Racial disparity gap for prostate cancer narrows ... The racial disparity in prostate cancer stage at diagnosis has decreased statistically significantly over time, according to an article in the Journal of the National Cancer Institute. By analyzing data from the Surveillance, Epidemiology, and End Results (SEER) program, Grace Lu-Yao, PhD, of The Cancer Institute of New Jersey and the University of Medicine and Dentistry of New Jersey (New Brunswick), and colleagues also found that more men were diagnosed with prostate cancer at a younger age and earlier stage in 2004-2005 than in earlier years. The researchers used SEER data to generate a contemporary profile of prostate cancer patients. They found that the incidence of stage T3 or T4 cancer at diagnosis has decreased in both blacks and whites, and the racial disparity in cancer state at diagnosis has decreased over time. Compared with patients in the trial, patients in the SEER population had a lower prostate-specific antigen level and earlier stage cancer at diagnosis. "It will be important to examine whether more patients being diagnosed at earlier stages ultimately results in a decreased mortality from this highly prevalent malignancy and whether the narrowing of the racial disparity in the presentation of advanced prostate cancer is ultimately accompanied by similar trend in mortality," the authors wrote.
Gene assay to help to predict lung cancer treatment resistance ... The genes that may contribute to drug resistance in non-small cell lung cancer (NSCLC) can be predicted. Researchers writing in BMC Cancer found good correlation between genes believed to be involved in drug sensitivity and resistance and actual in vitro chemosensitivity. Ian Cree, from Queen Alexandra Hospital (Portsmouth, UK), led a team of researchers who assessed the chemosensitivity of a series of 49 NSCLC tumors and compared this with quantitative expression of putative resistance genes measured by RT-PCR. He said, "There was considerable heterogeneity between tumors, and while this showed no direct correlation with individual gene expression, there was strong correlation of multi-gene signatures for many of the single chemotherapy agents and combinations tested. This may allow the definition of predictive signatures to guide individualized chemotherapy in lung cancer." The researchers tested docetaxel, cisplatin, gemcitabine and combinations of the agents on tumor cells taken from 49 fresh NSCLC samples. There were considerable differences between tumors in their sensitivity to individual agents and combinations, though the combination of cisplatin + gemcitabine was usually the most active. When these results were compared to the gene expression in the tumors, Cree and his colleagues were able to identify a number of patterns, especially in chemosensitivity to combinations of treatments.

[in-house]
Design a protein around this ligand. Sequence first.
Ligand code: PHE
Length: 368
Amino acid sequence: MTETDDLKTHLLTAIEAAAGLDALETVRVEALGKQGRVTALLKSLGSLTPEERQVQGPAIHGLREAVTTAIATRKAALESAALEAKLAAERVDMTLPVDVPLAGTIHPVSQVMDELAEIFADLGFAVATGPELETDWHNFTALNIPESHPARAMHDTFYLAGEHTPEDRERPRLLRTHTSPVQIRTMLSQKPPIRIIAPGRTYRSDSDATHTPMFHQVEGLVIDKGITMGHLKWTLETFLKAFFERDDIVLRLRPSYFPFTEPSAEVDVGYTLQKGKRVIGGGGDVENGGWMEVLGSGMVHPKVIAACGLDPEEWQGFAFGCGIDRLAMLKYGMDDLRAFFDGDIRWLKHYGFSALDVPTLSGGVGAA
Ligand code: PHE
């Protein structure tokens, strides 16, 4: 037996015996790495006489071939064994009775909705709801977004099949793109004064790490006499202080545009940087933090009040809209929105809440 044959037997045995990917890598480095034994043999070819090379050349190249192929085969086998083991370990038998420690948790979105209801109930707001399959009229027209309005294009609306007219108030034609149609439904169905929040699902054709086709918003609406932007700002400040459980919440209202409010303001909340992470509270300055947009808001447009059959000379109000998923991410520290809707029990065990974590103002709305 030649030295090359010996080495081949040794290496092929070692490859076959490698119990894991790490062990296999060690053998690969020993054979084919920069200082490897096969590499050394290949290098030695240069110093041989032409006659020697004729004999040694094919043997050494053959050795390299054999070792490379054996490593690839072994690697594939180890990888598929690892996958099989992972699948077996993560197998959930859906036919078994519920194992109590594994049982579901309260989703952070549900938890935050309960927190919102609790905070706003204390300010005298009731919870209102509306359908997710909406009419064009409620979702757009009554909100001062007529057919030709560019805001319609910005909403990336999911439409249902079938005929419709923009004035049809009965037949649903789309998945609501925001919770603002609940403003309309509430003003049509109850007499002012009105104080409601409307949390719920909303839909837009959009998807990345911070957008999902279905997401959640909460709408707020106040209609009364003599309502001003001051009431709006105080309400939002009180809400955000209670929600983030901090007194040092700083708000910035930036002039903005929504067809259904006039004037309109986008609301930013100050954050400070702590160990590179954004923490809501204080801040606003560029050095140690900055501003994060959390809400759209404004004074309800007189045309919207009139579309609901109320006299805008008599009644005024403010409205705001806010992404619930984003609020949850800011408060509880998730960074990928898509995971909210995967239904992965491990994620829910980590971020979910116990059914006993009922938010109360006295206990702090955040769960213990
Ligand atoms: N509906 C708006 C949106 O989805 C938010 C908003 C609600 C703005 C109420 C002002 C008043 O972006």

IT specialists win bioinformatics award ... A team of researchers and information technology specialists at the University of Alabama at Birmingham (UAB) Comprehensive Cancer Center has won the caBIG 2009 Deployment Award from the National Cancer Institute (NCI). The award honors the university's progress toward adopting the cancer Biomedical Informatics Grid, or caBIG. The project is a NCI-led, secure online resource of shared data and software used to improve and boost cancer-research collaboration. Today, more than 1,500 individuals from more than 450 research centers and organizations worldwide use caBIG and contribute to its projects. "This team from the UAB undertook a major initiative to adapt its existing data-entry system to work with caBIG tools and within the caBIG infrastructure," according to the NCI. "The pioneering efforts of the team have resulted in a tremendous amount of institutional knowledge about the adaptation process. Moreover, the UAB team has embraced the caBIG vision and continues to share what they have learned with other disciplines."
— Compiled by Lynn Yoffee, MDD; email@example.com